- Arturo Marti and Martín Monteiro
Two other frequent collaborators of iPhysicsLabs are Uruguayan physics teachers Martín Monteiro (ORT) and Arturo Marti (University of the Republic). A list of their publications can be found on Martín’s website. My personal favourite, co-authored with Fernando Tornaría, shows how smartphones can explain the physics at work behind the SpillNot®, a seemingly “magical” device to avoid spills while carrying a mug of hot coffee. To further encourage the adoption of the smartphone by high school physics teachers, Arturo and Martín, together with colleagues Cecilia Cabeza and Cecilia Stari, have also given a series of workshops. These have been met with a lot of interest, as you can judge by the pictures below.
- Philippe Jeanjacquot
Remember that amazing brochure on Smartphones in Science Teaching we mentioned in the first article of this series? Well, Philippe Jeanjacquot is one of the creative minds that came up with ideas such as using smartphones to understand the parallax effect, estimate astronomical distances and measure speeds. Philippe works both as a high school physics teacher and a researcher at Lyon’s ACCES, the instructional design team of the Institut Français de l’Education. If you have a fair understanding of French you should definitely have a look at his ACCES’s webpage, where you’ll find detailed description of activities, useful app recommendations and programs for his latest workshops. Philippe’s own experiences using smartphones with his high school students were, as he told me, extremely positive. The kids were delighted to use their phones and realised what a powerful tool these are to make science.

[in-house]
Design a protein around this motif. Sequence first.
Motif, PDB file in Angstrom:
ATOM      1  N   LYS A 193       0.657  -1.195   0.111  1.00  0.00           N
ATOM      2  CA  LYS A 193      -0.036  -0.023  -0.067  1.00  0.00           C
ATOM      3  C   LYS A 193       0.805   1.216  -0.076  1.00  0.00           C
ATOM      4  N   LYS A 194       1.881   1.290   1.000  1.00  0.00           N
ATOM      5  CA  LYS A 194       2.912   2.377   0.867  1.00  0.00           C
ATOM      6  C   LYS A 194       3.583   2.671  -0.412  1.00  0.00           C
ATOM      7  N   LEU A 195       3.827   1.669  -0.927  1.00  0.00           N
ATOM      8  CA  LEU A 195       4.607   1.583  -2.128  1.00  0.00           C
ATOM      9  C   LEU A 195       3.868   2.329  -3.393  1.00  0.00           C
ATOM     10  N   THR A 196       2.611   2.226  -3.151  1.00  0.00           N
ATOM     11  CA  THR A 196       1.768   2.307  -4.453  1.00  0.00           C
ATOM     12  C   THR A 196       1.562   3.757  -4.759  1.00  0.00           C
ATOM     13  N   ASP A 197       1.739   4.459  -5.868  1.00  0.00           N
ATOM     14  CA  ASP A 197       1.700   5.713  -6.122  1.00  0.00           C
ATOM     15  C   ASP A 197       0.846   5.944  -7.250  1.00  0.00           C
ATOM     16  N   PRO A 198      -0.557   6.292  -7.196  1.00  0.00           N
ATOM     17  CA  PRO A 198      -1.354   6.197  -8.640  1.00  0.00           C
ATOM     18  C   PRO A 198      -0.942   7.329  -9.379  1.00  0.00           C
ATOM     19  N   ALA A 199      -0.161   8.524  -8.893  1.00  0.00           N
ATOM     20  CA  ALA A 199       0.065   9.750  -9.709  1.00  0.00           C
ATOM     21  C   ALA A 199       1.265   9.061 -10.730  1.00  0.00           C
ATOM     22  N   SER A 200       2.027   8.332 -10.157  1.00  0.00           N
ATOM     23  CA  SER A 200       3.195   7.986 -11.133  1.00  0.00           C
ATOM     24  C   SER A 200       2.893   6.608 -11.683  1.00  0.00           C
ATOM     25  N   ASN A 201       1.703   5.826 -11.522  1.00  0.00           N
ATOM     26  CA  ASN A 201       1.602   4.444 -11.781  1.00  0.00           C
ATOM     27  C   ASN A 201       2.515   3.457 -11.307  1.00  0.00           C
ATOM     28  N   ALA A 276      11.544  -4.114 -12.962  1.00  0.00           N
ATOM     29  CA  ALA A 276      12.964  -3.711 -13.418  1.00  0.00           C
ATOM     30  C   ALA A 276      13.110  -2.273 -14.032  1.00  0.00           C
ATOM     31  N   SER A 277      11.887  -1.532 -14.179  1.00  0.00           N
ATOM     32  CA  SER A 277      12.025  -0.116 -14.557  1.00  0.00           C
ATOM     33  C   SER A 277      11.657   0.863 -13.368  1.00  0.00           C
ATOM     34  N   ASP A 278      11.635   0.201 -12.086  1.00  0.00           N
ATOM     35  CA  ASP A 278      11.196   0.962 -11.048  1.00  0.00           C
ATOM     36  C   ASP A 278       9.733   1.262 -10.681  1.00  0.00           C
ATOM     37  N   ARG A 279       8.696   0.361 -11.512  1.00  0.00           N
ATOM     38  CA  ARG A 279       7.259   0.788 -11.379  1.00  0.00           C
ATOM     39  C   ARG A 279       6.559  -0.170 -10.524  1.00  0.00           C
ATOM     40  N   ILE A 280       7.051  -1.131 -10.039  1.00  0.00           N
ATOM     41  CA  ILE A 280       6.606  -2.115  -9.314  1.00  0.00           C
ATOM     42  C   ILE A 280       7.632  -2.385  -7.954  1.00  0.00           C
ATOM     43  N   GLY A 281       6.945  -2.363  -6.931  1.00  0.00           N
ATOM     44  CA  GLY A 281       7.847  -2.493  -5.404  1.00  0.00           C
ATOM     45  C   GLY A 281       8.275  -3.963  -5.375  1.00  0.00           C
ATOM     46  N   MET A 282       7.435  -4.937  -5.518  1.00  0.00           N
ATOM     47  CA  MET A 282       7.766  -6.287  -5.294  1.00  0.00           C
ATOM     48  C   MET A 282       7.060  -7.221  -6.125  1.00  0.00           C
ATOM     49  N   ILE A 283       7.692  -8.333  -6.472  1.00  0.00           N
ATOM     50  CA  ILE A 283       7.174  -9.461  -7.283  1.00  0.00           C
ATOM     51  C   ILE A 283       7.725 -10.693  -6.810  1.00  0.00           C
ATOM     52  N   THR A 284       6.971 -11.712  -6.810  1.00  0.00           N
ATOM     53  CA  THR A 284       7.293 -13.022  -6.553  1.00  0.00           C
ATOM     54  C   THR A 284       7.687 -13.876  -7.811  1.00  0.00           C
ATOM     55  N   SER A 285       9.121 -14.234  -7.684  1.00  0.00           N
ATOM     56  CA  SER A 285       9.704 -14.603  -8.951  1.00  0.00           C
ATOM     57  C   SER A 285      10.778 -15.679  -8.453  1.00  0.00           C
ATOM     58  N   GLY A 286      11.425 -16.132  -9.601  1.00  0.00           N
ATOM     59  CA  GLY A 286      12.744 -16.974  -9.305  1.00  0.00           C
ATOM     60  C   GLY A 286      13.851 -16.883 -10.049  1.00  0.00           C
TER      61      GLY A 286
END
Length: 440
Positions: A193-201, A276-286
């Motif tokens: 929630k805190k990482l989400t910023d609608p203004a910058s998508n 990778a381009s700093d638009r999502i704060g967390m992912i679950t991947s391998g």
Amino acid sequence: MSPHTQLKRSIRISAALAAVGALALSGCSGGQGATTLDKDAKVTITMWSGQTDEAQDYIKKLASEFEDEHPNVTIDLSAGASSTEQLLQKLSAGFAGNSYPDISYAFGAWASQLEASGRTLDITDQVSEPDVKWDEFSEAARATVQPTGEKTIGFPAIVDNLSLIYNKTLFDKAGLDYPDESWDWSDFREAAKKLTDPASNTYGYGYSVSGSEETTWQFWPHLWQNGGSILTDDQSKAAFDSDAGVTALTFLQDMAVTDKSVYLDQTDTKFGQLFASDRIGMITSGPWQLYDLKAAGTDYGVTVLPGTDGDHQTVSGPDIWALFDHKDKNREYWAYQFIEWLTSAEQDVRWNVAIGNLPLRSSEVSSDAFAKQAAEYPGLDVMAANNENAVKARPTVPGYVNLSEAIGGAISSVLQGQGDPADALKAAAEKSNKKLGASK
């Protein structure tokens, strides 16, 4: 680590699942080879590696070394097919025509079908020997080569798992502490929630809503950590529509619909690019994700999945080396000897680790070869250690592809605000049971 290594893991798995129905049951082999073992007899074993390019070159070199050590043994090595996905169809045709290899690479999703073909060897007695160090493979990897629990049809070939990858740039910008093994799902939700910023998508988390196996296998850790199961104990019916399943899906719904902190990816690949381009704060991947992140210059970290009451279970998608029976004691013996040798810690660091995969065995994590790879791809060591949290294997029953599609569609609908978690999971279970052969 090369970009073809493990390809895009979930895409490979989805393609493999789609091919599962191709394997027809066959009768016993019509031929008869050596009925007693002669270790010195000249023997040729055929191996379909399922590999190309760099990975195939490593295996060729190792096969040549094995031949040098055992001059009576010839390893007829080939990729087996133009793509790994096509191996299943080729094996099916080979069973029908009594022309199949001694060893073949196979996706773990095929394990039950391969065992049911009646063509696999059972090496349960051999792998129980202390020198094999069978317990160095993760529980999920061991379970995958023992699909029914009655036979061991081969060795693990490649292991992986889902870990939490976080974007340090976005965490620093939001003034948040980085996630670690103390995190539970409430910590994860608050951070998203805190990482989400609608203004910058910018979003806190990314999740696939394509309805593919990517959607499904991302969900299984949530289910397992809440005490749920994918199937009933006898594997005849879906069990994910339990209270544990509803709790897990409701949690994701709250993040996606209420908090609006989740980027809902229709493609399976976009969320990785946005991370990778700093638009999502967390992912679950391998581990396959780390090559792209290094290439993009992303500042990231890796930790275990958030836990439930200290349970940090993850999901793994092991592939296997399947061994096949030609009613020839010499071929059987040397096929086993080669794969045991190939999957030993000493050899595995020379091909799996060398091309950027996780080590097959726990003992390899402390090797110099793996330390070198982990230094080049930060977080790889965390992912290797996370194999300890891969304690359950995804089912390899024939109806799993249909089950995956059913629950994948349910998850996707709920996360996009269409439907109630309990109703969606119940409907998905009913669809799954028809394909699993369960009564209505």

- Rebecca Vieyra
Although now an Albert Einstein Distinguished Fellow placed at NASA Aeronautics, Rebecca Vieyra has taught high school physics for seven years, and it’s not hard to tell when you talk to her that it is her passion. She’s busy as a bee and regularly updates her Google+ page on Mobile Sensor Apps with the latest news and ideas in the field. Herself and her husband Chrystian have created a series of really cool apps, the Physics Toolbox, that allow to collect data from all the phone’s sensors. Oh, and somehow she’s also found time to write a monumental book with her dad (also a physics teacher), recently released on the Kindle store.